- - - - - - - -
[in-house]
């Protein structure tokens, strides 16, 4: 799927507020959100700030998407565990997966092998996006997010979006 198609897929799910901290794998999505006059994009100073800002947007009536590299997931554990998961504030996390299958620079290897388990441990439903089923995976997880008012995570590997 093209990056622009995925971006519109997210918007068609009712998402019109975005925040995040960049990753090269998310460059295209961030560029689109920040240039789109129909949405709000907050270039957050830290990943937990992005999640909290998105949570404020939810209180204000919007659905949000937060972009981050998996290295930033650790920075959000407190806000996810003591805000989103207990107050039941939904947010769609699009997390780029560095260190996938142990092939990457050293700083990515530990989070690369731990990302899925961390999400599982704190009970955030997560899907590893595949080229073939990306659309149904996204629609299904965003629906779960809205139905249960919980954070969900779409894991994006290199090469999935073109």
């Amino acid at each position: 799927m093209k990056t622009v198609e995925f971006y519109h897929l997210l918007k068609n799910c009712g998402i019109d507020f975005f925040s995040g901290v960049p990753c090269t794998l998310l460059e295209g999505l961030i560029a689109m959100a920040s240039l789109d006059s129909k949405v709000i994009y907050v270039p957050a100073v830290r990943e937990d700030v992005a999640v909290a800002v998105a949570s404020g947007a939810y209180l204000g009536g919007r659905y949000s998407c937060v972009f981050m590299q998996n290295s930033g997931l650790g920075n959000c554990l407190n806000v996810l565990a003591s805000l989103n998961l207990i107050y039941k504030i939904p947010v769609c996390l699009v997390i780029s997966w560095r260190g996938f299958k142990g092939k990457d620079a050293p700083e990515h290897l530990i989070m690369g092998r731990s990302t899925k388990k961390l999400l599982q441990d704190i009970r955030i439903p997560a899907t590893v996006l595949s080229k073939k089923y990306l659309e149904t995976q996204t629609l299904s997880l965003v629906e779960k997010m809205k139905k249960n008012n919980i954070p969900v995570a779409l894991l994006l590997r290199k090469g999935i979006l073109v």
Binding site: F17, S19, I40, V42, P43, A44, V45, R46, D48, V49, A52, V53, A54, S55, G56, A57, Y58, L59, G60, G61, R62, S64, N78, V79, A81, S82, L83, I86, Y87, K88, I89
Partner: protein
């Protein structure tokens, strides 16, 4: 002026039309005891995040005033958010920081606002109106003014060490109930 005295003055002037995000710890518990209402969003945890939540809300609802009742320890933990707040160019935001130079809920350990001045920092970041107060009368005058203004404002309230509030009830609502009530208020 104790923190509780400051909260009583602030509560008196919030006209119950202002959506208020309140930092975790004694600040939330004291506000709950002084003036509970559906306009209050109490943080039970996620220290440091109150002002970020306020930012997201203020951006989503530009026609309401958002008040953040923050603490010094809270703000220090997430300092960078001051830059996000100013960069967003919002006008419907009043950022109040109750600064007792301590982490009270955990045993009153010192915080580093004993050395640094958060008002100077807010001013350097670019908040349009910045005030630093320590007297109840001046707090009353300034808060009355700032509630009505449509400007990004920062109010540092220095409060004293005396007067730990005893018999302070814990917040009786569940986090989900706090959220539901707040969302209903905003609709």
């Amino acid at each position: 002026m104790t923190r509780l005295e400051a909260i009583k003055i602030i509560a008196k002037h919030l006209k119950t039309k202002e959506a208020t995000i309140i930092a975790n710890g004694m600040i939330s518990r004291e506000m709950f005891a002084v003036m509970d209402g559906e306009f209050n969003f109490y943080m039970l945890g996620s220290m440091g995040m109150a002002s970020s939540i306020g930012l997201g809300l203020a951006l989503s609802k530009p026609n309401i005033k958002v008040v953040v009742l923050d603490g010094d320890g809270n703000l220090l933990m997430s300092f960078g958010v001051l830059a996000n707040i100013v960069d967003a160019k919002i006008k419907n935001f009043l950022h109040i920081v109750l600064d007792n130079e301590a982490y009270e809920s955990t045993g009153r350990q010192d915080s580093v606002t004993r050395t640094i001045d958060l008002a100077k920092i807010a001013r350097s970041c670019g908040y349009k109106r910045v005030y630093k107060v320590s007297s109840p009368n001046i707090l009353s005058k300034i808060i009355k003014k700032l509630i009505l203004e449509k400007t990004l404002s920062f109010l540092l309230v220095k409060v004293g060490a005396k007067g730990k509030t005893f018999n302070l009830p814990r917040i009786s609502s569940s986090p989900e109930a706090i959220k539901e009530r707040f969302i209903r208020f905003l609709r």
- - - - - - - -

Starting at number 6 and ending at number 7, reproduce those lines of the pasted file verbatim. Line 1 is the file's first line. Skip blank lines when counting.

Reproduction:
């Protein structure tokens, strides 16, 4: 002026039309005891995040005033958010920081606002109106003014060490109930 005295003055002037995000710890518990209402969003945890939540809300609802009742320890933990707040160019935001130079809920350990001045920092970041107060009368005058203004404002309230509030009830609502009530208020 104790923190509780400051909260009583602030509560008196919030006209119950202002959506208020309140930092975790004694600040939330004291506000709950002084003036509970559906306009209050109490943080039970996620220290440091109150002002970020306020930012997201203020951006989503530009026609309401958002008040953040923050603490010094809270703000220090997430300092960078001051830059996000100013960069967003919002006008419907009043950022109040109750600064007792301590982490009270955990045993009153010192915080580093004993050395640094958060008002100077807010001013350097670019908040349009910045005030630093320590007297109840001046707090009353300034808060009355700032509630009505449509400007990004920062109010540092220095409060004293005396007067730990005893018999302070814990917040009786569940986090989900706090959220539901707040969302209903905003609709």
């Amino acid at each position: 002026m104790t923190r509780l005295e400051a909260i009583k003055i602030i509560a008196k002037h919030l006209k119950t039309k202002e959506a208020t995000i309140i930092a975790n710890g004694m600040i939330s518990r004291e506000m709950f005891a002084v003036m509970d209402g559906e306009f209050n969003f109490y943080m039970l945890g996620s220290m440091g995040m109150a002002s970020s939540i306020g930012l997201g809300l203020a951006l989503s609802k530009p026609n309401i005033k958002v008040v953040v009742l923050d603490g010094d320890g809270n703000l220090l933990m997430s300092f960078g958010v001051l830059a996000n707040i100013v960069d967003a160019k919002i006008k419907n935001f009043l950022h109040i920081v109750l600064d007792n130079e301590a982490y009270e809920s955990t045993g009153r350990q010192d915080s580093v606002t004993r050395t640094i001045d958060l008002a100077k920092i807010a001013r350097s970041c670019g908040y349009k109106r910045v005030y630093k107060v320590s007297s109840p009368n001046i707090l009353s005058k300034i808060i009355k003014k700032l509630i009505l203004e449509k400007t990004l404002s920062f109010l540092l309230v220095k409060v004293g060490a005396k007067g730990k509030t005893f018999n302070l009830p814990r917040i009786s609502s569940s986090p989900e109930a706090i959220k539901e009530r707040f969302i209903r208020f905003l609709r």